The frame for the decking boards was made up of 48mm x 74mm timber screwed to wooden piers that have been laid in concrete over a base of Type 1 and hardcore at 1200mm intervals. All the timber used is pressure treated and then painted with wood protection paint to extend the life of the timber. Flat timber screwed into the decking boards and laid on the patio was used to keep the frame in place while the concrete set around the wooden piers. Once the concrete had set the decking boards were screwed in place using stainless steel deck screws that would not rust and corrode over time with exposure to the elements.

Decking boards laid for patio edging
Decking boards laid for patio edging

Low voltage LED decking lights were installed in the deck boards and at the bottom of the sleeper wall.
It is also planned that spike lights will be installed under the trees at the bottom of the garden. This will help to create an inviting and chilled atmosphere for evening enjoyment in the garden.

GaGarden lights installed in sleeper wallrden lights installed in sleeper wall
Garden lights installed in sleeper wall

Enhance your property by laying a new patio – part #3

New drainage pipe for channel drain

Round by the garage and the back door of the property the wall of the garage is built into the bank of the house next door. The gravel boards of the boundary fence also act as a retaining wall holding the earth back. Rainwater runoff from higher up the road runs into the patio area of the house and makes the external walls wet when it rains hard. There is a Damp Proof Course (DPC) which prevents water penetrating internally.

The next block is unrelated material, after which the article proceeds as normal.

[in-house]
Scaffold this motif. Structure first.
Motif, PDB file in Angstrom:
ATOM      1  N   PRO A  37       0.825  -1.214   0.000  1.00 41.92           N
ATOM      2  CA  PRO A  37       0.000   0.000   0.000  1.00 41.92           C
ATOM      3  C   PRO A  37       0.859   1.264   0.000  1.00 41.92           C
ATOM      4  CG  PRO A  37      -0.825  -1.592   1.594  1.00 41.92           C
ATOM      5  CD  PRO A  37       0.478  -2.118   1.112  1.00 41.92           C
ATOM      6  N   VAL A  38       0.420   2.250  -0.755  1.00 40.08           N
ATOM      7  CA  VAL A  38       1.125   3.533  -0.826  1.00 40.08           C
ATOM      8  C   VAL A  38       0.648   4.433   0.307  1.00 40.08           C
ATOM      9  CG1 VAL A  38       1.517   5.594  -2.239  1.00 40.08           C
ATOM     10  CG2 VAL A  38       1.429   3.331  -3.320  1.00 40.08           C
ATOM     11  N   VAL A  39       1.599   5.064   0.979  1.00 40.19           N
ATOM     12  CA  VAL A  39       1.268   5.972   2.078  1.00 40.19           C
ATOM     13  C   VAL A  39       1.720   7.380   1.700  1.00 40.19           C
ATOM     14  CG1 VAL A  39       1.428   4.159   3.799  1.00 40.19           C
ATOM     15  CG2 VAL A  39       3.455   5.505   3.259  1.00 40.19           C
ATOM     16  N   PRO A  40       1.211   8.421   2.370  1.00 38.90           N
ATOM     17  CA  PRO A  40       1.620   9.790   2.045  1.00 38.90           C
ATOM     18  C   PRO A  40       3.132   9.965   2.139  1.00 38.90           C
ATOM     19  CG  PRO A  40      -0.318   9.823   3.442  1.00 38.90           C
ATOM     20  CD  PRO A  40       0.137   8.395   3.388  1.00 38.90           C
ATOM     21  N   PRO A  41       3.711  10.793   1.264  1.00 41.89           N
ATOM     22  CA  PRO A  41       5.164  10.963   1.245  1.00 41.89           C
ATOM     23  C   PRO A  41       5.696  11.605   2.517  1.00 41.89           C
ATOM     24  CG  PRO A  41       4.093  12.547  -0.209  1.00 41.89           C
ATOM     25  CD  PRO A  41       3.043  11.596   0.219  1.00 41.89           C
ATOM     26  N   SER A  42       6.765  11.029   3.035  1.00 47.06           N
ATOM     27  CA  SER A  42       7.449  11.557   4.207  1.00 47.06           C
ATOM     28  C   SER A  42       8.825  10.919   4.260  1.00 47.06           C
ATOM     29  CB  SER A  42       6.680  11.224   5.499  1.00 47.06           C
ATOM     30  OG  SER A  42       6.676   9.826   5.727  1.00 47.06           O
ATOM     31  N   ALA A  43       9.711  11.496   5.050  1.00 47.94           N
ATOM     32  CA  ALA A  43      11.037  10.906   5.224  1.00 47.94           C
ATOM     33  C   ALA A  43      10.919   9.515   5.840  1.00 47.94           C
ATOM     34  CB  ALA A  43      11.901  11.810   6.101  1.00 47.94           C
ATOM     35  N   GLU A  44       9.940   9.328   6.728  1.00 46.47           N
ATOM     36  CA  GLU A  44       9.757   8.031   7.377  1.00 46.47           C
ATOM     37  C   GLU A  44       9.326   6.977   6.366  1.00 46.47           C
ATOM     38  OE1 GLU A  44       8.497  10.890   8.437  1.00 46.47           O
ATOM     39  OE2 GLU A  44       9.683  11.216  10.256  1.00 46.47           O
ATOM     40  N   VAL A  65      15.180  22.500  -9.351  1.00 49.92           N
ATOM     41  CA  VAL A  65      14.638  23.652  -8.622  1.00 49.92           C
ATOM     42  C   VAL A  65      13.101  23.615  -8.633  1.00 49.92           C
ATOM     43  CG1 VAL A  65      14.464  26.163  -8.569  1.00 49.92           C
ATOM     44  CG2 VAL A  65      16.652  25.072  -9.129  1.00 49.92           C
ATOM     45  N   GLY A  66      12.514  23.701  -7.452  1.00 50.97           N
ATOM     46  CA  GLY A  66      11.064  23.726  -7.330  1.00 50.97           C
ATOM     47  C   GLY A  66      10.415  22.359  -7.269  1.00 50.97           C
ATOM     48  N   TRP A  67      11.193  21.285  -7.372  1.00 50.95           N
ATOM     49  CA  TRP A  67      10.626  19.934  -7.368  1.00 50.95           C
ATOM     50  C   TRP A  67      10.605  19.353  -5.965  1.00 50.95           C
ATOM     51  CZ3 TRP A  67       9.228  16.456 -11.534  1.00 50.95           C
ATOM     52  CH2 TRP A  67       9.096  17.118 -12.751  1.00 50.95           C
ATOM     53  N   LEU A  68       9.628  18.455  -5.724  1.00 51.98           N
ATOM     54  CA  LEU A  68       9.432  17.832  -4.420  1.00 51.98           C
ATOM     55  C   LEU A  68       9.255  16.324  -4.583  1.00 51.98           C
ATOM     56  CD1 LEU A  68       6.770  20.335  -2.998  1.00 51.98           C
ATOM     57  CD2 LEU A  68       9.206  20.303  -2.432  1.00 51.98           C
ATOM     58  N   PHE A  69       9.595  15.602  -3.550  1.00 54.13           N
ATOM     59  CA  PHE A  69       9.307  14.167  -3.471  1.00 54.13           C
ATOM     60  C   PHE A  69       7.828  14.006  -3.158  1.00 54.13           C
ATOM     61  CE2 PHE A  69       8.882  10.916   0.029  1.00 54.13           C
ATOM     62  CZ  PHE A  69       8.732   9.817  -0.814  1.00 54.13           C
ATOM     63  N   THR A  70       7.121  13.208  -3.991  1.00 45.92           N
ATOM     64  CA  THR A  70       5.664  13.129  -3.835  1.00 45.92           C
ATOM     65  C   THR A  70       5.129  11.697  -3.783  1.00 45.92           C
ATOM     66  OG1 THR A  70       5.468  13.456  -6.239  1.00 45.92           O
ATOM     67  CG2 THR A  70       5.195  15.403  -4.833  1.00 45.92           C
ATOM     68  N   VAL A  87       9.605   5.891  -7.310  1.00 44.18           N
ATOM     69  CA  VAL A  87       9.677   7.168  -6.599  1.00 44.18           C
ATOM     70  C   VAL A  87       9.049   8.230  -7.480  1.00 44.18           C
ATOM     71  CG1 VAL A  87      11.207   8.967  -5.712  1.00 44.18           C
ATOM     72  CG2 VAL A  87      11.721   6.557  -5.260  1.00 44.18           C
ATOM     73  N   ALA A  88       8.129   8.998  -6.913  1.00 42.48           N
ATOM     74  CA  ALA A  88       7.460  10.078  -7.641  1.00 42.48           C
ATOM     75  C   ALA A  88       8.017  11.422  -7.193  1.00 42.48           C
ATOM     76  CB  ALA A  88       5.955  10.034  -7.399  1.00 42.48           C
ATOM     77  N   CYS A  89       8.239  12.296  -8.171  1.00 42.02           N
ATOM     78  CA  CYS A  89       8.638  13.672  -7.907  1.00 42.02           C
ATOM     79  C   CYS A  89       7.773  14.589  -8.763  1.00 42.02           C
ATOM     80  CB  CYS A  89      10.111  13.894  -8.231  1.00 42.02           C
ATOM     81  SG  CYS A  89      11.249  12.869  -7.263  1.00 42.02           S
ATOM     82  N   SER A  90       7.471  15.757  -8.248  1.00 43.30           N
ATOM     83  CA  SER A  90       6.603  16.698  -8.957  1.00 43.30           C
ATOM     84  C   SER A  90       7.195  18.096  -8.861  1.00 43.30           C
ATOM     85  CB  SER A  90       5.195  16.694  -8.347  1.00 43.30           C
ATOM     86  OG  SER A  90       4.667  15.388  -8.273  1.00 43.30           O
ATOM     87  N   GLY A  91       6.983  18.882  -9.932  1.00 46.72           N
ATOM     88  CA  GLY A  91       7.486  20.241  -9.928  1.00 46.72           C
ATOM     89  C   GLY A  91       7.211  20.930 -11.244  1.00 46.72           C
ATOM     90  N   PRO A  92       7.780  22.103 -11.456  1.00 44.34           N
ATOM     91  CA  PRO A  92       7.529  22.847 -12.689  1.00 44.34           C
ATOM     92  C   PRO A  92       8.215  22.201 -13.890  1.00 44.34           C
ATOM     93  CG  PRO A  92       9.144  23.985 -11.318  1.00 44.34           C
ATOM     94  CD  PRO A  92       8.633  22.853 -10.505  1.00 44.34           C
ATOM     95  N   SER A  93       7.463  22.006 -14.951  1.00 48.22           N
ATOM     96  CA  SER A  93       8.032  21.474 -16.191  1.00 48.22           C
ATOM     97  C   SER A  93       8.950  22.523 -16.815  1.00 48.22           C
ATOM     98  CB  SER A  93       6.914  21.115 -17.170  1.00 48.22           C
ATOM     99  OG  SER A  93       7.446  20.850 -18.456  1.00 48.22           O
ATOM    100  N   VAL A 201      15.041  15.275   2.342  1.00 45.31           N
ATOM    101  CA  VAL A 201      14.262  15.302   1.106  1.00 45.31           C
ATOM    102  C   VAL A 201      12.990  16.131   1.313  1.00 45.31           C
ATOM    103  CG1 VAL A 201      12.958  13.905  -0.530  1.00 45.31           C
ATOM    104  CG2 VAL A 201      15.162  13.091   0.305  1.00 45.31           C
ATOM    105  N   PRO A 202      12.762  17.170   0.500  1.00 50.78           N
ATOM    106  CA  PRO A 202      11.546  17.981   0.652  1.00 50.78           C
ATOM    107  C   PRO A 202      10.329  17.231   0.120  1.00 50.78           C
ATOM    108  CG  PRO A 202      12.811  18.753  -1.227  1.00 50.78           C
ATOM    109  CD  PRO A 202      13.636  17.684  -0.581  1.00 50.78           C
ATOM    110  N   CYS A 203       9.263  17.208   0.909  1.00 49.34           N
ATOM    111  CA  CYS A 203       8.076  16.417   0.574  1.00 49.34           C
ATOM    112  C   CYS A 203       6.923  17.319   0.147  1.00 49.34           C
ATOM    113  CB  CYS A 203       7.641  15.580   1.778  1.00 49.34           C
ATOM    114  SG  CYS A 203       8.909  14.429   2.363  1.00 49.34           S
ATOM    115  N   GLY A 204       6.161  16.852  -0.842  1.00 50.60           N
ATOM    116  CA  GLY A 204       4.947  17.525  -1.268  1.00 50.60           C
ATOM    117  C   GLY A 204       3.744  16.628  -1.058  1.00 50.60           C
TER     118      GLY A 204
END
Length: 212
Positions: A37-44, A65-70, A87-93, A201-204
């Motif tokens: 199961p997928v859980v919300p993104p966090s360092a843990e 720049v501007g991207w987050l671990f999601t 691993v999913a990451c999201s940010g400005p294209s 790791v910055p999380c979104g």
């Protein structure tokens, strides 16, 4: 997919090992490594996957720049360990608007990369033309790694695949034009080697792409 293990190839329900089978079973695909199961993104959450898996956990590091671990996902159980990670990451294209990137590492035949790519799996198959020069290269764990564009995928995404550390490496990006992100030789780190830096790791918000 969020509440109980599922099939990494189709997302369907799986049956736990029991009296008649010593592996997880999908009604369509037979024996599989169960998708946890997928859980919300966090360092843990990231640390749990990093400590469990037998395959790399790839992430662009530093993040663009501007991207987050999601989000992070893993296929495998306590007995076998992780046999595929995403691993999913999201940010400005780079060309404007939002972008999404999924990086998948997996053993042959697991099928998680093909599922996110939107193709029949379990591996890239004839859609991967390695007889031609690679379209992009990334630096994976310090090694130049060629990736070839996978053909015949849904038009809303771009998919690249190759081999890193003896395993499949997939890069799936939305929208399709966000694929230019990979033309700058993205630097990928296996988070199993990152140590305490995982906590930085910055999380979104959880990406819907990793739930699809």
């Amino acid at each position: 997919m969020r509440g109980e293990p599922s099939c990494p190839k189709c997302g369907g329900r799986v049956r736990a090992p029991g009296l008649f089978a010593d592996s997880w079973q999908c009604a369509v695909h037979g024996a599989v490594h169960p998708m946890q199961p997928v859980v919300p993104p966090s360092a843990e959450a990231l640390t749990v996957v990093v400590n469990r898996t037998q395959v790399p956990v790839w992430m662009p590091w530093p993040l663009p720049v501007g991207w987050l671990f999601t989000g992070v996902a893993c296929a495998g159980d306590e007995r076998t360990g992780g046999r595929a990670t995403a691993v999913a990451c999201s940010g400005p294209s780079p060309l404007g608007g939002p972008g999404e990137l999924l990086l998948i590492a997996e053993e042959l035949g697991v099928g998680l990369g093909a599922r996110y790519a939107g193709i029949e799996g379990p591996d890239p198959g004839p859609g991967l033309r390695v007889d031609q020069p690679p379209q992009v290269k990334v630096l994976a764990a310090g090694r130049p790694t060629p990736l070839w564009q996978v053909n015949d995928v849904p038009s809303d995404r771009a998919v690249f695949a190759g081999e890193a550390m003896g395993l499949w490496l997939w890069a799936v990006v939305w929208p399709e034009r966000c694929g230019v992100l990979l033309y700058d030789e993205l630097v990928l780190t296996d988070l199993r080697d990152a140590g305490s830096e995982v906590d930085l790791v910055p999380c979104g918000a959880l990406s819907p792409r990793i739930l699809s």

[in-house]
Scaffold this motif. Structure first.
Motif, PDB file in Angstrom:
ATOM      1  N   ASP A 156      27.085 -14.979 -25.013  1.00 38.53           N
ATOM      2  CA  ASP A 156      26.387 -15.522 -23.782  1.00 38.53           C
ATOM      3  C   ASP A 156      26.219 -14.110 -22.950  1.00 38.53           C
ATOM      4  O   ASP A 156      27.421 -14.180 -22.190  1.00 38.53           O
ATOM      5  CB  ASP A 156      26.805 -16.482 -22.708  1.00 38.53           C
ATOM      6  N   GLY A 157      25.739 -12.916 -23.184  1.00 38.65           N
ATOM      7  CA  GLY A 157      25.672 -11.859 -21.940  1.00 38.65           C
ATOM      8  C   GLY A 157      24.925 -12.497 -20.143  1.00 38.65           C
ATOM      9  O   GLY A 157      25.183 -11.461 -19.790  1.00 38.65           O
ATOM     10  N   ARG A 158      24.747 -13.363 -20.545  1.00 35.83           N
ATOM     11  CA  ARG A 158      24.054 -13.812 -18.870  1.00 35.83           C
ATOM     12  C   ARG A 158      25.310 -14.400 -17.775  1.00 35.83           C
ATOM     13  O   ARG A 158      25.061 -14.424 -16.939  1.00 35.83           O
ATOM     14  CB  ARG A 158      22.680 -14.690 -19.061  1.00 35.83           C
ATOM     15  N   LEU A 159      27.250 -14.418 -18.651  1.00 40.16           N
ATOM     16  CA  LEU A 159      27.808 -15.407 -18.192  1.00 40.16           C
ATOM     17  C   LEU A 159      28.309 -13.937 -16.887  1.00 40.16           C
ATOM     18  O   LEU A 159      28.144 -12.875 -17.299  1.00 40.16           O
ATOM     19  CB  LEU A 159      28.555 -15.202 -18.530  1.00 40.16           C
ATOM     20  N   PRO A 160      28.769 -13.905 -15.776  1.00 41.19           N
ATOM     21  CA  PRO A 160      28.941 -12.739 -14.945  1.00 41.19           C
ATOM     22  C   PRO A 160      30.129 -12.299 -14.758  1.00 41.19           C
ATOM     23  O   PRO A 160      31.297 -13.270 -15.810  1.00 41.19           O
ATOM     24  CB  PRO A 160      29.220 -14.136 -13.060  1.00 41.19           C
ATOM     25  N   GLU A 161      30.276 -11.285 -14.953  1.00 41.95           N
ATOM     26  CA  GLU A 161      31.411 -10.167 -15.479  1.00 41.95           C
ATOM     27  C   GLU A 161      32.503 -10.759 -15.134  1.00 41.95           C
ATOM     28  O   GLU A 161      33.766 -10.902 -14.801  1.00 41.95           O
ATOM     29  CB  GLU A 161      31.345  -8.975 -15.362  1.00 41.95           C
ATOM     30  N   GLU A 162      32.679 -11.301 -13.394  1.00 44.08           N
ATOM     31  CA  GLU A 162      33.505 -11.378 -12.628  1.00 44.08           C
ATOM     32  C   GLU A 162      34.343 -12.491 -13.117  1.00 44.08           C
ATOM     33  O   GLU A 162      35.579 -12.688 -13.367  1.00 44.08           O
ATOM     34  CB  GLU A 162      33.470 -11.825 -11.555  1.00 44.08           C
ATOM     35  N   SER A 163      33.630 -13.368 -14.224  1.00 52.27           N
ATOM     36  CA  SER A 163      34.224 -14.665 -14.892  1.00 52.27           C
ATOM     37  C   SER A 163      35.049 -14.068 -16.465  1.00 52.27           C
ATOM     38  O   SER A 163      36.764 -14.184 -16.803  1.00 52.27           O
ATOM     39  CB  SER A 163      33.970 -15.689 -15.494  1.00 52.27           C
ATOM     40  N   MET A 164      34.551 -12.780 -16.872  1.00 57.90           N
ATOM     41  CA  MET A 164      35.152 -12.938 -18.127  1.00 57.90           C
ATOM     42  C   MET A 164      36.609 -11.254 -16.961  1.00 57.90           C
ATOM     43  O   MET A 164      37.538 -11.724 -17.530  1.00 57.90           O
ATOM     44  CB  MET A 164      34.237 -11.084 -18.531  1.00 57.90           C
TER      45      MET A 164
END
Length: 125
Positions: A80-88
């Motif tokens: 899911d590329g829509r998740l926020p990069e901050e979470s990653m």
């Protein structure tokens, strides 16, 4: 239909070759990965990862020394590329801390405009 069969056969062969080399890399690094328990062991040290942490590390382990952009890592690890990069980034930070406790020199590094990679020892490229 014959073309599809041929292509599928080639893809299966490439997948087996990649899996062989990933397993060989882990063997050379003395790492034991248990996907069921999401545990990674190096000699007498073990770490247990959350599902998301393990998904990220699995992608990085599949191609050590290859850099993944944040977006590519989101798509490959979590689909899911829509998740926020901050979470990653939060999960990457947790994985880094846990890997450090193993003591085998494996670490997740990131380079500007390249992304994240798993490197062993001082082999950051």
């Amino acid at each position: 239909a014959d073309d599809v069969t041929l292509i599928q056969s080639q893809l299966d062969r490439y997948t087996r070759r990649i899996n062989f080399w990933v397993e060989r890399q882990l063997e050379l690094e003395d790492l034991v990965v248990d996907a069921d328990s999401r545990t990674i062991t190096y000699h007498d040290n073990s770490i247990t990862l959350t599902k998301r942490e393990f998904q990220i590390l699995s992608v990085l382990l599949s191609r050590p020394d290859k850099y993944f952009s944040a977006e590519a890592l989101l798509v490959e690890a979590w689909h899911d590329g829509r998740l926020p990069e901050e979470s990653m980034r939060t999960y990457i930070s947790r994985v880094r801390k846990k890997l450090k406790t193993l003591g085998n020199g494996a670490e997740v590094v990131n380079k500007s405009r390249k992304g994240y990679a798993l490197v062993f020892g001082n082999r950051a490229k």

To alleviate the effects of the surface rainwater run off a channel drain will be installed against the kitchen wall and continued round at the bottom of the patio running parallel with a new retaining wall which will hold back the earth from the garden. The retaining wall is made of new sleepers of lengths 1.2 metres and 1.8 metres and widths 100mm x 150mm. A narrow trench was dug and filled with type 1 with a sand and cement base that the first lot of sleepers were laid on with haunching (cement support) applied to the back of the sleeper wall once the wall was finished.

Type 1 and cement base for sleeper wall
Type 1 and cement base for sleeper wall

The sleepers were staggered to match the height of the earth that would be retained behind the wall. They were cut and offered up dry to start with to make sure they fitted together properly. Holes were drilled in the sleepers to accept 1.2 metre long 20mm steel rods which were passed through the sleepers and hammered into the ground with 2 part polyester resin being used to glue the rods inside the sleepers. The sleepers were also glued in place with a quick setting Silyl Modified Polymer glue.